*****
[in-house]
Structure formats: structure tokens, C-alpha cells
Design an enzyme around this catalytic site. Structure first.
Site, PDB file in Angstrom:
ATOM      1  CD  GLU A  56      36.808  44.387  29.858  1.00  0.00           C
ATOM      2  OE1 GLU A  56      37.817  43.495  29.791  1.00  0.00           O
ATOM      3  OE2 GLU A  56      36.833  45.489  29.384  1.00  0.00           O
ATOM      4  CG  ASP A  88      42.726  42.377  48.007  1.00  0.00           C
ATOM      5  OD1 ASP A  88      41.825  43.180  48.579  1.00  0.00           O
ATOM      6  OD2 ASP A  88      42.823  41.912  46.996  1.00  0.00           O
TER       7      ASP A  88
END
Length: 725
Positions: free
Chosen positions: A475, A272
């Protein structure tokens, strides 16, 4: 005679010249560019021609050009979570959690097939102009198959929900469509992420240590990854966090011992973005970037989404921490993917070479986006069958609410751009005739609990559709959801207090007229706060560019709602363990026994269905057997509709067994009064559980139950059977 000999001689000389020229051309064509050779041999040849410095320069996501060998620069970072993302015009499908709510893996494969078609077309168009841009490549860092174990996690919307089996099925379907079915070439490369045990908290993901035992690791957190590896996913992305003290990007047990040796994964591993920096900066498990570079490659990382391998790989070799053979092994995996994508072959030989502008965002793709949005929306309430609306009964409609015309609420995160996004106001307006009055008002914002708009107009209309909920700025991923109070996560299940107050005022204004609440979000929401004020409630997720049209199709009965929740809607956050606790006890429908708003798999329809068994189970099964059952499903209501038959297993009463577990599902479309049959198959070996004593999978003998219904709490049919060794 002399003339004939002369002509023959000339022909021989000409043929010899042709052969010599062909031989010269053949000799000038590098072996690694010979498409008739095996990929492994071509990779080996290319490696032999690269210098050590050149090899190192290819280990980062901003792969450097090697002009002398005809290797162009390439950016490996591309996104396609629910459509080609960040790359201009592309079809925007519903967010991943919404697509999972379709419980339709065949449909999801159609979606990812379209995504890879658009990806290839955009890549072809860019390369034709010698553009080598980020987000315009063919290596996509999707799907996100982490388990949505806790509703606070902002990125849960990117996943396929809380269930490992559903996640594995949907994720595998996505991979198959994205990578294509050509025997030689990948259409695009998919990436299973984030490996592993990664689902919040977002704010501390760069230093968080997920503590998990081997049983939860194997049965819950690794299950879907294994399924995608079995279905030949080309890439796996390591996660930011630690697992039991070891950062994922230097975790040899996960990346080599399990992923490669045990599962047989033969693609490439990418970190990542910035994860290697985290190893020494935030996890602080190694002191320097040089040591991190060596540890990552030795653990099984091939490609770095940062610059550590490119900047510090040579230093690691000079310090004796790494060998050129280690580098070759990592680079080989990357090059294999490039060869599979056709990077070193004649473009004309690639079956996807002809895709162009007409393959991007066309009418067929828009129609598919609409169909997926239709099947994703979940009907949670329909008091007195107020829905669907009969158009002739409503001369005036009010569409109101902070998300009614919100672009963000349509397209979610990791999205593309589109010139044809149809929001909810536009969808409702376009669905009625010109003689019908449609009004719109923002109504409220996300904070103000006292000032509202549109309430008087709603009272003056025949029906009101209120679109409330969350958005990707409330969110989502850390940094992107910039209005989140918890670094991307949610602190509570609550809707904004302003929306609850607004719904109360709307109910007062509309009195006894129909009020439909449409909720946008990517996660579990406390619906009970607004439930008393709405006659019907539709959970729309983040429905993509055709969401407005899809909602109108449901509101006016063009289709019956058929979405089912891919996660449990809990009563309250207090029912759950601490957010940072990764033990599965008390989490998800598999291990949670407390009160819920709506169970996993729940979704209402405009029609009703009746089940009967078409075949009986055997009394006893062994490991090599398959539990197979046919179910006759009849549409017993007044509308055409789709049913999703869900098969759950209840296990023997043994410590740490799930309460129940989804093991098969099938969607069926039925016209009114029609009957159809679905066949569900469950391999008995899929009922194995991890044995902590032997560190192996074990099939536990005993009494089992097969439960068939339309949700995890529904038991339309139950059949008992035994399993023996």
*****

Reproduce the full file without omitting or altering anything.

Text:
[in-house]
Structure formats: structure tokens, C-alpha cells
Design an enzyme around this catalytic site. Structure first.
Site, PDB file in Angstrom:
ATOM      1  CD  GLU A  56      36.808  44.387  29.858  1.00  0.00           C
ATOM      2  OE1 GLU A  56      37.817  43.495  29.791  1.00  0.00           O
ATOM      3  OE2 GLU A  56      36.833  45.489  29.384  1.00  0.00           O
ATOM      4  CG  ASP A  88      42.726  42.377  48.007  1.00  0.00           C
ATOM      5  OD1 ASP A  88      41.825  43.180  48.579  1.00  0.00           O
ATOM      6  OD2 ASP A  88      42.823  41.912  46.996  1.00  0.00           O
TER       7      ASP A  88
END
Length: 725
Positions: free
Chosen positions: A475, A272
């Protein structure tokens, strides 16, 4: 005679010249560019021609050009979570959690097939102009198959929900469509992420240590990854966090011992973005970037989404921490993917070479986006069958609410751009005739609990559709959801207090007229706060560019709602363990026994269905057997509709067994009064559980139950059977 000999001689000389020229051309064509050779041999040849410095320069996501060998620069970072993302015009499908709510893996494969078609077309168009841009490549860092174990996690919307089996099925379907079915070439490369045990908290993901035992690791957190590896996913992305003290990007047990040796994964591993920096900066498990570079490659990382391998790989070799053979092994995996994508072959030989502008965002793709949005929306309430609306009964409609015309609420995160996004106001307006009055008002914002708009107009209309909920700025991923109070996560299940107050005022204004609440979000929401004020409630997720049209199709009965929740809607956050606790006890429908708003798999329809068994189970099964059952499903209501038959297993009463577990599902479309049959198959070996004593999978003998219904709490049919060794 002399003339004939002369002509023959000339022909021989000409043929010899042709052969010599062909031989010269053949000799000038590098072996690694010979498409008739095996990929492994071509990779080996290319490696032999690269210098050590050149090899190192290819280990980062901003792969450097090697002009002398005809290797162009390439950016490996591309996104396609629910459509080609960040790359201009592309079809925007519903967010991943919404697509999972379709419980339709065949449909999801159609979606990812379209995504890879658009990806290839955009890549072809860019390369034709010698553009080598980020987000315009063919290596996509999707799907996100982490388990949505806790509703606070902002990125849960990117996943396929809380269930490992559903996640594995949907994720595998996505991979198959994205990578294509050509025997030689990948259409695009998919990436299973984030490996592993990664689902919040977002704010501390760069230093968080997920503590998990081997049983939860194997049965819950690794299950879907294994399924995608079995279905030949080309890439796996390591996660930011630690697992039991070891950062994922230097975790040899996960990346080599399990992923490669045990599962047989033969693609490439990418970190990542910035994860290697985290190893020494935030996890602080190694002191320097040089040591991190060596540890990552030795653990099984091939490609770095940062610059550590490119900047510090040579230093690691000079310090004796790494060998050129280690580098070759990592680079080989990357090059294999490039060869599979056709990077070193004649473009004309690639079956996807002809895709162009007409393959991007066309009418067929828009129609598919609409169909997926239709099947994703979940009907949670329909008091007195107020829905669907009969158009002739409503001369005036009010569409109101902070998300009614919100672009963000349509397209979610990791999205593309589109010139044809149809929001909810536009969808409702376009669905009625010109003689019908449609009004719109923002109504409220996300904070103000006292000032509202549109309430008087709603009272003056025949029906009101209120679109409330969350958005990707409330969110989502850390940094992107910039209005989140918890670094991307949610602190509570609550809707904004302003929306609850607004719904109360709307109910007062509309009195006894129909009020439909449409909720946008990517996660579990406390619906009970607004439930008393709405006659019907539709959970729309983040429905993509055709969401407005899809909602109108449901509101006016063009289709019956058929979405089912891919996660449990809990009563309250207090029912759950601490957010940072990764033990599965008390989490998800598999291990949670407390009160819920709506169970996993729940979704209402405009029609009703009746089940009967078409075949009986055997009394006893062994490991090599398959539990197979046919179910006759009849549409017993007044509308055409789709049913999703869900098969759950209840296990023997043994410590740490799930309460129940989804093991098969099938969607069926039925016209009114029609009957159809679905066949569900469950391999008995899929009922194995991890044995902590032997560190192996074990099939536990005993009494089992097969439960068939339309949700995890529904038991339309139950059949008992035994399993023996």